Last week was one of those weeks. The kind of week that starts at 5am on Monday with a sweet little boy crying because his ear hurts. The same ear that I’ve been taking him to the doctor for now over a month that they keep telling me is fine; he’s just overly sensitive to the tube coming out because of his sensory issues. You know paranoid mother, kid with autism who couldn’t possibly know that his ear hurts.
An hour or so later big sister wakes up to more asthma problems. The decision is made that she can go to school but that we’d try to get a doctor’s appointment for later in the day. Although our primary pediatrician isn’t in the office we make an appointment with our back up pediatrician.
A few hours later Caden screams for me to come upstairs and I head into the family room to see blood pouring from his ear. I call the back-up pediatrician’s office back and ask if they will see Caden as well to which they agree. Fast forward throughout the afternoon as his fever inches up until it tops out around 104 with Tylenol.
Arrival at the clinic was eventful. Caden was having difficulty walking so Dan dropped us all off at the door. I asked the volunteer for a wheelchair. You know one of those dozen or so wheelchairs that they keep inside the clinic door for patient use? Apparently she saw no reason that a child should need a wheelchair and then proceeded to grill me about the service dog. There are a few questions, two to be exact, that a business can ask about a service dog: is this a service dog and what services does he/she perform? The question she went with? So what’s wrong with him [him, of course being Caden]. Weeventually got our wheelchair and service dog in the door but the whole process was ridiculous and I’m not ashamed to say that I reported it to the check in receptionist as well as the nurse. You know what they say about a mama bear, not to mention a mama bear with sick cubs.
Eventually the doctor determined that Caden’s eardrum had perforated and that the tube (you know the tube that I had been asking about for weeks) had turned and was headed into the middle eardrum instead of out. Since he was so sick, the doctor gave him an antibiotic injection and put him on a course of steroids in addition to the antibiotics that he was already on for a sinus infection. Big sister’s asthma medications were adjusted with the plan of adding in steroids if the new higher dose asthma medications didn’t work. And we headed home—I didn’t even steal the wheelchair although I’m sure the volunteer was quite concerned about what I was going to do with it since a child couldn’t possibly ever need one.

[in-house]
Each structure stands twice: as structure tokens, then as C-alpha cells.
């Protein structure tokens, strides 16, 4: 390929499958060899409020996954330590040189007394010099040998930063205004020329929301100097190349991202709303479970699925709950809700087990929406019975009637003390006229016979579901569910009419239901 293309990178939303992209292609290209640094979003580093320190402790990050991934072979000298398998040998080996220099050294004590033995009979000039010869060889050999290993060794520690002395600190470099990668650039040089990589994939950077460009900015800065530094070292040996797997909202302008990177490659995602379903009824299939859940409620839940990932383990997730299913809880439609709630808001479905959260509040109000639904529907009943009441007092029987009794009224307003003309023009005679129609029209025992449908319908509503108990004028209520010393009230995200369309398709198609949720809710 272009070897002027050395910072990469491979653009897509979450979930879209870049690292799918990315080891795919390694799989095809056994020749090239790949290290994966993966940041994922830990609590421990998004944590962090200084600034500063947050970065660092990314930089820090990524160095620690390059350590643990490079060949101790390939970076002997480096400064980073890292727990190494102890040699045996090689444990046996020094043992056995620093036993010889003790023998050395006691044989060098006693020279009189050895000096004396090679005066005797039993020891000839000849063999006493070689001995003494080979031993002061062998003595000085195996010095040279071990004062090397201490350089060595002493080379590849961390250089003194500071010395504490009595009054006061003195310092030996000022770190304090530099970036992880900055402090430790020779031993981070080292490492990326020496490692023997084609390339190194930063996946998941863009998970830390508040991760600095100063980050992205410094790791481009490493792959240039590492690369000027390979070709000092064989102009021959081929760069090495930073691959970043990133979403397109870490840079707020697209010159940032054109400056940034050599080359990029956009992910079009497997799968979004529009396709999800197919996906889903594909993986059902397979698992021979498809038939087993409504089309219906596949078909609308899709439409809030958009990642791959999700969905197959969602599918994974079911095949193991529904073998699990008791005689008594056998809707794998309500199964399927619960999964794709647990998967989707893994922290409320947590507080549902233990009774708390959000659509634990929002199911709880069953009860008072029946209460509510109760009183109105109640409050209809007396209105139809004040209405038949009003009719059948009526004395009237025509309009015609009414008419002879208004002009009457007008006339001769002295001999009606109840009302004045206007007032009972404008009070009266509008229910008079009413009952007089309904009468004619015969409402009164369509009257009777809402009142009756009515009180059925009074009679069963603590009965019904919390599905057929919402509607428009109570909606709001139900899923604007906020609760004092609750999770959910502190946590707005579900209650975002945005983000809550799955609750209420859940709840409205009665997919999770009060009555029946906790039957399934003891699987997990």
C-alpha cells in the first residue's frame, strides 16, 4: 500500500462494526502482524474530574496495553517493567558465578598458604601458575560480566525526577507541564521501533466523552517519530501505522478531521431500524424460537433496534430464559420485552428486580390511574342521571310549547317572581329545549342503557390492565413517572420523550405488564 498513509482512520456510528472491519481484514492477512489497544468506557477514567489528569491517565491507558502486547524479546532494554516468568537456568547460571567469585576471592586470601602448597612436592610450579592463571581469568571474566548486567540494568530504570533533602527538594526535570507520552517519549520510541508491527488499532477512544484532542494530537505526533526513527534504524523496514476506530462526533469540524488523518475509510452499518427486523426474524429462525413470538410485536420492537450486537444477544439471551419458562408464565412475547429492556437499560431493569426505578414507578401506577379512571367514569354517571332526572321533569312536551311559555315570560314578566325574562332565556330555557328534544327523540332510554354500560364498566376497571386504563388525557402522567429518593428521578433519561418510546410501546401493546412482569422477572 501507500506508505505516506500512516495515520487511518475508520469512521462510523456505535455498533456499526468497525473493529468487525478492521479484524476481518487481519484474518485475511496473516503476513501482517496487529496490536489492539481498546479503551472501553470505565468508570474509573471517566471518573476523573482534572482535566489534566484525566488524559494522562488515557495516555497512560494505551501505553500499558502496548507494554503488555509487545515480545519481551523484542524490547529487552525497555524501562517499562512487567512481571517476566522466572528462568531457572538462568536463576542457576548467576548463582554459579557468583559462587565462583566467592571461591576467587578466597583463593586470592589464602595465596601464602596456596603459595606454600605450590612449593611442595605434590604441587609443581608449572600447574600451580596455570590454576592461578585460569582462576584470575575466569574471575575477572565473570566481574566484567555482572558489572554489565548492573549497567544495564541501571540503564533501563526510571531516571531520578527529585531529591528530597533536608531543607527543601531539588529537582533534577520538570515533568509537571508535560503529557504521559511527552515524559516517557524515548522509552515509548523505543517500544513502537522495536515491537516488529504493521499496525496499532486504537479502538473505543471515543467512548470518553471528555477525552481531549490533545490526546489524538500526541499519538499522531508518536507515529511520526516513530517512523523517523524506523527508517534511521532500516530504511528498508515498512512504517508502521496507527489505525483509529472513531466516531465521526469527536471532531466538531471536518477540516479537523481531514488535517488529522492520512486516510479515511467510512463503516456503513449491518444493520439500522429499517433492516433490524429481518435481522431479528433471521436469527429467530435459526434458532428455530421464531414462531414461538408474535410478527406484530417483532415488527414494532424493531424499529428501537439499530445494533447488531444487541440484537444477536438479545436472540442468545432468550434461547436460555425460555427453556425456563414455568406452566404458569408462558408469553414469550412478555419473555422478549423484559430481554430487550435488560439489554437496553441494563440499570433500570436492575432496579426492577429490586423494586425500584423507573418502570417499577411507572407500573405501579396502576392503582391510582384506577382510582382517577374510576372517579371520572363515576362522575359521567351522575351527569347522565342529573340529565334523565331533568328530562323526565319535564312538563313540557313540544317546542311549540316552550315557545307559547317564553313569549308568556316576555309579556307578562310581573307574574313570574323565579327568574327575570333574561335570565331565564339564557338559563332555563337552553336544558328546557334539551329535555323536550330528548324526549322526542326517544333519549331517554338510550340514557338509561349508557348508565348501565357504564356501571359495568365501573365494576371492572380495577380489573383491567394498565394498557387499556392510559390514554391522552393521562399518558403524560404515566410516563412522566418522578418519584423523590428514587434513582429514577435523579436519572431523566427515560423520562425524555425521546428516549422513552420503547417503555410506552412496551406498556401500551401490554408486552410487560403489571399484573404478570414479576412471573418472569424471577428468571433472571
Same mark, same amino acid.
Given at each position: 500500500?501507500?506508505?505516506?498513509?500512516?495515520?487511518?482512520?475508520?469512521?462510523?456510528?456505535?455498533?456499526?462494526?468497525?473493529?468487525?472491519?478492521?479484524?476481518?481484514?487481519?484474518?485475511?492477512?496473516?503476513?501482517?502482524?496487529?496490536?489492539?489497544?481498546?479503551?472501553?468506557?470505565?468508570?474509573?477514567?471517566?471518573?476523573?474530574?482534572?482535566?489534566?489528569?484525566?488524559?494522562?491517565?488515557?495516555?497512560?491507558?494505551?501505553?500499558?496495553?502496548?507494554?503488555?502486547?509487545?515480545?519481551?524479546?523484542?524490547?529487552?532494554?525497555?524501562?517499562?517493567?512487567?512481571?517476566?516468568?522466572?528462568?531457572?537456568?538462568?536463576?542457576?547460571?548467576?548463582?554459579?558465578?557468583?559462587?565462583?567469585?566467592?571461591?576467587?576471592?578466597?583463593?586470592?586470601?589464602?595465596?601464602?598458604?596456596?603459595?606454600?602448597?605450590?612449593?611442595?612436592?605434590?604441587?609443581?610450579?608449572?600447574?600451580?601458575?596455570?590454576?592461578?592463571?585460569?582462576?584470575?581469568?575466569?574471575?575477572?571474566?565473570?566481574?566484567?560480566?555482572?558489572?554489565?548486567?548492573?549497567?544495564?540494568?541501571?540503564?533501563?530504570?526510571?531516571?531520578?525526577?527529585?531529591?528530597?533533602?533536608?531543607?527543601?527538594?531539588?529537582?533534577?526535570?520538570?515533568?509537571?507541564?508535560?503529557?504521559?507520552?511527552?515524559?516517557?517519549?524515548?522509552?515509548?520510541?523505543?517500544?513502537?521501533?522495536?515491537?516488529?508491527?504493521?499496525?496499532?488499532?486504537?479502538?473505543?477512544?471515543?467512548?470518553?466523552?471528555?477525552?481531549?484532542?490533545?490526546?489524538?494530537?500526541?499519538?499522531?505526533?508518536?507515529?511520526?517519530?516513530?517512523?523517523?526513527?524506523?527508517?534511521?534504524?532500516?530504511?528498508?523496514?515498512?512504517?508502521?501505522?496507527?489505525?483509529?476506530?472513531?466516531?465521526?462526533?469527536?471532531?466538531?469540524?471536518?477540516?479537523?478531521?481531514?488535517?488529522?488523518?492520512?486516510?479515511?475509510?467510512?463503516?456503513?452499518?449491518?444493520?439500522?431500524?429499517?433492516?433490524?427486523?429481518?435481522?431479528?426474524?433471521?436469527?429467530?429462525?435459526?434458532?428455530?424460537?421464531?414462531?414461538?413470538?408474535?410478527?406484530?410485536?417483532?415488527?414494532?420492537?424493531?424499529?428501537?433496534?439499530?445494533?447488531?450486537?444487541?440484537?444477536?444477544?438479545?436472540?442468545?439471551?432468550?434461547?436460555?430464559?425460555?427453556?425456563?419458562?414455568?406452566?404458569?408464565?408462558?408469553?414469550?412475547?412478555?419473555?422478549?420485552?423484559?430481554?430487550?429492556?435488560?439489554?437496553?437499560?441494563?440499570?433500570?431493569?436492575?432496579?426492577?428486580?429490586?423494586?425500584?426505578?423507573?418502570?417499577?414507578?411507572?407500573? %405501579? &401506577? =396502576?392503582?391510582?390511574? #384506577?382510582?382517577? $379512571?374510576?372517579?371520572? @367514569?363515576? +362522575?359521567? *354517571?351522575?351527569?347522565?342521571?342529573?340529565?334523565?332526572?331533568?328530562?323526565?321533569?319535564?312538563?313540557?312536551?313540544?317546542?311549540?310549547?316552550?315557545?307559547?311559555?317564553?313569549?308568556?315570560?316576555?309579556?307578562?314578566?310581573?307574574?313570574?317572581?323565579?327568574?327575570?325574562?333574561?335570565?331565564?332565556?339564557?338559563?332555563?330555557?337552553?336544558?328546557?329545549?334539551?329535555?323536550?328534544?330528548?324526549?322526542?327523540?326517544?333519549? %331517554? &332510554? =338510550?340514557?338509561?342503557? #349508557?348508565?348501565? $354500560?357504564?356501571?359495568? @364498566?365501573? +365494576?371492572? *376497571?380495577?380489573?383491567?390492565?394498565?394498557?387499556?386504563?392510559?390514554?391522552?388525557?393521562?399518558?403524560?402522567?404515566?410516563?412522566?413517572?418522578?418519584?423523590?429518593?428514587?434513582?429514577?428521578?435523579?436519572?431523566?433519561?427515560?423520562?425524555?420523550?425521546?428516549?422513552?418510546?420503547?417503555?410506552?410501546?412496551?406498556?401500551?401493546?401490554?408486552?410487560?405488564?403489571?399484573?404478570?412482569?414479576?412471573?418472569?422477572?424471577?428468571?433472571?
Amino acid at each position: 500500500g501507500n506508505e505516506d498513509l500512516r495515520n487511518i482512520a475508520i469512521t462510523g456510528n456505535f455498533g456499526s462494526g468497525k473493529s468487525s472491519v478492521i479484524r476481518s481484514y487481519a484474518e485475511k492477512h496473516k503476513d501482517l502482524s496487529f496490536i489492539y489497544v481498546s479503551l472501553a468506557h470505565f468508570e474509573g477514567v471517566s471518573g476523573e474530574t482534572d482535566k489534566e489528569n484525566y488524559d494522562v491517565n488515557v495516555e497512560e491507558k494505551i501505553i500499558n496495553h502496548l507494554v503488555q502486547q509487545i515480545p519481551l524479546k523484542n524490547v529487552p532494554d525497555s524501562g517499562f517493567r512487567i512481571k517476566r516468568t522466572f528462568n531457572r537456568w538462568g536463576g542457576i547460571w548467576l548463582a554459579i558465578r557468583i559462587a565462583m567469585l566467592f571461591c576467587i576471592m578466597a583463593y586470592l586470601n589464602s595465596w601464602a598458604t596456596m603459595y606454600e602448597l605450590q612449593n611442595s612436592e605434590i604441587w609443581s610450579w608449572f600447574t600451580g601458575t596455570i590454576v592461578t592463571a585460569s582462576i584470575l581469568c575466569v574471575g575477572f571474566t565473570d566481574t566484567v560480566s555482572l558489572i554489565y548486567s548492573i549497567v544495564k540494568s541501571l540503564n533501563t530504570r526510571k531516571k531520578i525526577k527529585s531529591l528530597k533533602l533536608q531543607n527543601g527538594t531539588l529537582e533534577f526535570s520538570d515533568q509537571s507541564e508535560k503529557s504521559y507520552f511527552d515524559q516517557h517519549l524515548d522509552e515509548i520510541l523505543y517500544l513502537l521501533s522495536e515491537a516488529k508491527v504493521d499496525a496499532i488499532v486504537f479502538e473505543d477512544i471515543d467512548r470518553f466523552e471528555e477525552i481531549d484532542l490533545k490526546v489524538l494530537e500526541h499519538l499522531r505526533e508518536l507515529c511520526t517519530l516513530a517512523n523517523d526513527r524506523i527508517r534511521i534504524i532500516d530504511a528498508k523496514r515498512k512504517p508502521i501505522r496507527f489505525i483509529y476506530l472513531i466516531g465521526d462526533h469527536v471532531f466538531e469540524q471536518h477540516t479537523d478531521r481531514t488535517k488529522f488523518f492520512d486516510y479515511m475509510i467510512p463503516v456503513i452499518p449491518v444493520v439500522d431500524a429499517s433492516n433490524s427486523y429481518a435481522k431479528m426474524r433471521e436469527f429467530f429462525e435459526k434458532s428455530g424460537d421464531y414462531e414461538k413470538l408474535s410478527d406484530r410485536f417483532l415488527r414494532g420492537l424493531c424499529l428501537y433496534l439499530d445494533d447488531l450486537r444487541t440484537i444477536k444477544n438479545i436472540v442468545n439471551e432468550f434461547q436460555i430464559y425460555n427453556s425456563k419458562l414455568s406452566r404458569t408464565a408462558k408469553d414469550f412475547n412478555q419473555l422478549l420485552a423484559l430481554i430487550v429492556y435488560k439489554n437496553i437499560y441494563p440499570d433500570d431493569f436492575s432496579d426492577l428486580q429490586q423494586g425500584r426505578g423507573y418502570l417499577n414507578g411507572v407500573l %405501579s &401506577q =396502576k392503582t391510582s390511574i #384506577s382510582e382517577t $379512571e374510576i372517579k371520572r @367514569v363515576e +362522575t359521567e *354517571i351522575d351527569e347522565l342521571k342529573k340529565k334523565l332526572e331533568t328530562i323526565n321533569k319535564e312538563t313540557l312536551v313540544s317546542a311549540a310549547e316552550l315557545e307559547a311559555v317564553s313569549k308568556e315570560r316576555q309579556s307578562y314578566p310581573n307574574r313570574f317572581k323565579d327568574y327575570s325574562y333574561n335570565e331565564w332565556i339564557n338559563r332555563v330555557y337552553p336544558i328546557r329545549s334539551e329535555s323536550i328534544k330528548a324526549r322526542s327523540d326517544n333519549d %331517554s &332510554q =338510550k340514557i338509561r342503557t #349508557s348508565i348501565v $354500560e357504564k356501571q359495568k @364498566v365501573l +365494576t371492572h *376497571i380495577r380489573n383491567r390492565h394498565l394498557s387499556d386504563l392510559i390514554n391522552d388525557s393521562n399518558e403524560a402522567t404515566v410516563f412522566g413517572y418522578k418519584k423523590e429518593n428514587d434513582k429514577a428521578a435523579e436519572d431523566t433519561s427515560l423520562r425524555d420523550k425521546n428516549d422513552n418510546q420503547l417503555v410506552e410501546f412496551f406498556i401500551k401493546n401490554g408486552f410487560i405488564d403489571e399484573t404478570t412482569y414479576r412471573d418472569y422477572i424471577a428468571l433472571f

On Tuesday Caden and I went to see the ENT Nurse Practioner who confirmed the doctor’s opinion of Caden’s ear drum. We played the steroid/fever hallucinations game all day as well as again on Wednesday. Steroids aren’t ever a pleasant experience but neurological disorders seem to make them that much more challenging. Caden imagined conversations with us and then was upset that we didn’t remember them as well as television shows we watched in the middle of the night and then was upset that we couldn’t replay them. For a child who doesn’t register pain in the usual fashion, he has been pretty vocal about his ear hurting and even more vocal in wanting us to fix it.
Because Ry’s asthma was still questionable, Dan chaperoned an out-of-state fieldtrip for her class on Thursday. I decided to try taking Caden to campus since I only have one class on Thursdays. He was his usual cute charming little self around the college girls. I was once again thankful for his ipad until his youtube video used the word boring. Remember Caden likes to repeat words over and over and over. Guess what word he decided was appropriate to randomly utter throughout my lecture—yep the word of the day was b-o-r-i-n-g. I’m sure he was only saying what my students were thinking but it still wasn’t quite the ego booster that I needed for the week. On Friday Dan was able to stay home with both kids—never to be outdone, Ryley woke up sick as well. Caden and I visited the pediatrician again Friday afternoon but really didn’t get any new ideas so we’ll be stalking the ENT’s office for an appointment this week.
Illness isn’t ever an easy thing to watch as a parent. Illness plus autism though always means regression in our household. The last few days have been a downward spiral of loss of words and increasing frustration—some of which will [hopefully] disappear as we conclude the steroids. I’m concerned that we will be facing surgery in the next few weeks which will be Caden’s third surgery in 4 or 5 months and he may be facing some [hopefully] temporary hearing loss. Sometimes you wonder how much a little boy can handle or how many challenges the universe plans to throw at him. I’m sure I’d be curled up in a corner somewhere by now but Caden just handles it like Caden. He keeps swallowing the medications we give him no matter how many there are, tries really hard to take it easy, and really only asks if he can have a new ipad game every 2 or 3 minutes. He’s trying really hard to be a good listener—a fact that was proven tonight when he wanted to sit beside his sister but the infamous cat Henry Pickles was sitting there. She told him to just kick Henry Pickles out of the way—thankfully Henry Pickles has a hard head and dad was quick to intervene before Ry remembered that her baby brother is quite literal. What can I say—it’s all just another week in Caden’s tale.